Computational Materials Science Referencing Guide

This is the Citationsy guide to Computational Materials Science citations, reference lists, in-text citations, and bibliographies.
The complete, comprehensive guide shows you how easy citing any source can be. Referencing books, youtube videos, websites, articles, journals, podcasts, images, videos, or music in Computational Materials Science.

How to do citations in Computational Materials Science style?
cite Computational Materials Science  — Referencing Guide



How do you cite a book in the Computational Materials Science referencing style?

Here’s an example book citation in Computational Materials Science using placeholders:
[1]
F.N. Last Name, Title, Edition, Publisher, City, 2000.
So if we want to cite, for example, “Harry Potter and the Philosopher’s Stone” by Joanne K. Rowling we’d do so like this:
Computational Materials Science citation:
[1]
J.K. Rowling, Harry Potter and the Philosopher’s Stone, 1st ed., Bloomsbury Publishing Inc, London, 1997.
And an in-text citation book citation in Computational Materials Science looks like this: [1]

How to reference a journal article in the Computational Materials Science citation style?
How do you cite scientific papers in Computational Materials Science format?

Here’s a Computational Materials Science journal citation example using placeholders:
[1]
Author1 LastnameA.F., Author3 LastnameA.F., Title, Container. Volume (2000) pages Used. https://doi.org/DOI.
So if we want to reference this scientific article: “Testing consumer preferences for iced-coffee: Does the drinking environment have any influence?” by C. Petit and J.M. Sieffermann in Computational Materials Science:
[1]
C. Petit, J. Sieffermann, Testing consumer preferences for iced-coffee: Does the drinking environment have any influence?, 18 (2007) 161-172. https://doi.org/10.1016/j.foodqual.2006.05.008.
And an in-text citation would look like this: [1]

How to cite a website in a paper in Computational Materials Science style?

Here’s an Computational Materials Science example website reference:
[1]
Author1 LastnameA.F., Author2 LastnameA.F., Title, (2000). https://www.example.com (accessed June 4, 2020).
To reference the article located at this link:
https://www.theguardian.com/world/2008/nov/05/uselections20083
on The Guardian website:
[1]
M. Tran, Barack Obama To Be America’s First Black President, (2008). https://www.theguardian.com/world/2008/nov/05/uselections20083 (accessed June 4, 2020).
And an in-text citation would look like this: [1]

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How to cite a YouTube video Computational Materials Science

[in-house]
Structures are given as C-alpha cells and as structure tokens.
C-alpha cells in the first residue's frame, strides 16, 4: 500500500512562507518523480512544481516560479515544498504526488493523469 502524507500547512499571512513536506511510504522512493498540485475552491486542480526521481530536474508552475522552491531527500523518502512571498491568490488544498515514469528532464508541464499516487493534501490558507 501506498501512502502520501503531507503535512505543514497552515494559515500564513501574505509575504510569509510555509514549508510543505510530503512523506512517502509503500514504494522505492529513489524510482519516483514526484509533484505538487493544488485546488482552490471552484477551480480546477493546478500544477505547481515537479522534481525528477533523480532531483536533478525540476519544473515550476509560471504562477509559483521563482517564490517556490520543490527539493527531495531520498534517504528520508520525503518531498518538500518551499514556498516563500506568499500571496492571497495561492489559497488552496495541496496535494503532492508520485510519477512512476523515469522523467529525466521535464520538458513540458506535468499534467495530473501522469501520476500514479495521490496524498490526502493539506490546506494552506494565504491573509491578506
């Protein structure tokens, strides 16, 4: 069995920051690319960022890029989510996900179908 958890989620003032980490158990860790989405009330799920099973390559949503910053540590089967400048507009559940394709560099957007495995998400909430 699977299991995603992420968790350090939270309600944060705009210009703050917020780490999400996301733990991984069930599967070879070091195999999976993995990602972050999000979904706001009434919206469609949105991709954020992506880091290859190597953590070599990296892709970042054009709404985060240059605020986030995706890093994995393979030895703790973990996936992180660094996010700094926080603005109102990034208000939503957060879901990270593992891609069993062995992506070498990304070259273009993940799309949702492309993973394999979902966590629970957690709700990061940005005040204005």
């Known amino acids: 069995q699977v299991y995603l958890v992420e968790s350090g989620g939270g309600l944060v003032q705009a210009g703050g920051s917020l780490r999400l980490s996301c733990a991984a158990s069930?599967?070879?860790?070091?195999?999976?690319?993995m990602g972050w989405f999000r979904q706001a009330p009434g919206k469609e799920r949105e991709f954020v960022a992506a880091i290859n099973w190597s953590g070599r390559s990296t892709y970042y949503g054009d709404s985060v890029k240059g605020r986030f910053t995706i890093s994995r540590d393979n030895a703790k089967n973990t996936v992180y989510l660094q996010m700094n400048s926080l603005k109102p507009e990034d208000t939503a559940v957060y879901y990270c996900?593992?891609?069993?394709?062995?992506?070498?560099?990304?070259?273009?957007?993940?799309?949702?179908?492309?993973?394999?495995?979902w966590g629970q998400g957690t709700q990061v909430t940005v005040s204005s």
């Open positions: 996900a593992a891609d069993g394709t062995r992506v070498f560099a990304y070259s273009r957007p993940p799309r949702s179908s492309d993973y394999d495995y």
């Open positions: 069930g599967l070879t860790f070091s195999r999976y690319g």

Here’s a Computational Materials Science citation YouTube video example:
[1]
ChannelName, Title, YouTube. (2000). https://www.youtube.com/watch?v=XXXXXX (accessed June 4, 2020).
So how to cite a video Computational Materials Science?
[1]
Pixar, Pizza Clip — Inside Out, YouTube. (2015). https://www.youtube.com/watch?v=8W6rntBADUQ (accessed June 4, 2020).
And an in-text video citation would look like this: [1]

How to cite a podcast using Computational Materials Science referencing style

It is becoming more and more common to reference podcasts in essays or other school work.
Here’s how to reference a podcast it in Computational Materials Science.
[1]
F. Lastname, Title, (2000). http://www.example.com (accessed June 4, 2020).
Podcast referencing example in Computational Materials Science using “This American Life” episode 640:
[1]
This American Life, 640: Five Women, (2018). https://thisamericanlife.org/640/five-women (accessed June 4, 2020).
And an in-text citation would look like this: [1]

How to cite a piece of music or a song using Computational Materials Science referencing style?

An example song citation in Computational Materials Science.
[1]
F. Lastname, Song Title, 2000. http://www.example.com (accessed June 4, 2020).
Let‘s say we want to reference “Here Comes the Sun” off The Beatles “Abbey Road” album in Computational Materials Science:
[1]
The Beatles, Here Comes the Sun, 1969. https://itunes.apple.com/us/album/here-comes-the-sun/401186200?i=401187150 (accessed June 4, 2020).
And an in-text citation would look like this: [1]


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